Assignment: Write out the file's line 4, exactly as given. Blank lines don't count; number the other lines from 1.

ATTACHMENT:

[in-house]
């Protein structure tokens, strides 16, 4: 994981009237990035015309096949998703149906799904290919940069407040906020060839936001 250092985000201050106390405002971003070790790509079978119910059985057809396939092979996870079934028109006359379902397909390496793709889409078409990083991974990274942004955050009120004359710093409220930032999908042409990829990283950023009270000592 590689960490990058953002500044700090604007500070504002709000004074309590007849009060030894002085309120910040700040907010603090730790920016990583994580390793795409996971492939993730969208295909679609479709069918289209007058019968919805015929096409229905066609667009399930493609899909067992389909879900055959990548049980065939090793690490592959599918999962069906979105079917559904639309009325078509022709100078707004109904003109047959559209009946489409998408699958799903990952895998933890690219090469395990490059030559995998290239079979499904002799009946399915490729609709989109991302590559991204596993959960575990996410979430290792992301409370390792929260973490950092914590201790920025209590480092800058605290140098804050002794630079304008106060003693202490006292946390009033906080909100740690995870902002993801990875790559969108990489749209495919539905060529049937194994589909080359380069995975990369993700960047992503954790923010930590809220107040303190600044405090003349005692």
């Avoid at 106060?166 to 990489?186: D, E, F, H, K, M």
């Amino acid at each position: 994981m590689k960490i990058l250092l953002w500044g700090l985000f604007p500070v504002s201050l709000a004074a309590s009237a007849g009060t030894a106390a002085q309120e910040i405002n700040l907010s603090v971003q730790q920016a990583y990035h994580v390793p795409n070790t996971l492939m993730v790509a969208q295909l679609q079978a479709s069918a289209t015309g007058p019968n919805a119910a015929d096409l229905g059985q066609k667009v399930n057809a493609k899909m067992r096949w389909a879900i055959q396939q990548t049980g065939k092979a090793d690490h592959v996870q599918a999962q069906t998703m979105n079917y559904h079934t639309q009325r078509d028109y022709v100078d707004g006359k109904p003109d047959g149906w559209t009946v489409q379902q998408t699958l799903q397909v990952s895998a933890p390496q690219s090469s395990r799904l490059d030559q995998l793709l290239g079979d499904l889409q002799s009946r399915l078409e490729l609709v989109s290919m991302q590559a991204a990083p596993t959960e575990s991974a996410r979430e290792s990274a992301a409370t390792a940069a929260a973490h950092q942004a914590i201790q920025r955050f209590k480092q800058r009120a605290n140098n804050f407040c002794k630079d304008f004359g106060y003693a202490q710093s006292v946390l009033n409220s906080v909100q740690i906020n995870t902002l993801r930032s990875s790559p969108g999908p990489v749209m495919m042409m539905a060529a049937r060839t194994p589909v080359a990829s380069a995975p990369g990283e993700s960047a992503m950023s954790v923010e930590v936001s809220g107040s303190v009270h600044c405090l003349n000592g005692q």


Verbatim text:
């Amino acid at each position: 994981m590689k960490i990058l250092l953002w500044g700090l985000f604007p500070v504002s201050l709000a004074a309590s009237a007849g009060t030894a106390a002085q309120e910040i405002n700040l907010s603090v971003q730790q920016a990583y990035h994580v390793p795409n070790t996971l492939m993730v790509a969208q295909l679609q079978a479709s069918a289209t015309g007058p019968n919805a119910a015929d096409l229905g059985q066609k667009v399930n057809a493609k899909m067992r096949w389909a879900i055959q396939q990548t049980g065939k092979a090793d690490h592959v996870q599918a999962q069906t998703m979105n079917y559904h079934t639309q009325r078509d028109y022709v100078d707004g006359k109904p003109d047959g149906w559209t009946v489409q379902q998408t699958l799903q397909v990952s895998a933890p390496q690219s090469s395990r799904l490059d030559q995998l793709l290239g079979d499904l889409q002799s009946r399915l078409e490729l609709v989109s290919m991302q590559a991204a990083p596993t959960e575990s991974a996410r979430e290792s990274a992301a409370t390792a940069a929260a973490h950092q942004a914590i201790q920025r955050f209590k480092q800058r009120a605290n140098n804050f407040c002794k630079d304008f004359g106060y003693a202490q710093s006292v946390l009033n409220s906080v909100q740690i906020n995870t902002l993801r930032s990875s790559p969108g999908p990489v749209m495919m042409m539905a060529a049937r060839t194994p589909v080359a990829s380069a995975p990369g990283e993700s960047a992503m950023s954790v923010e930590v936001s809220g107040s303190v009270h600044c405090l003349n000592g005692q």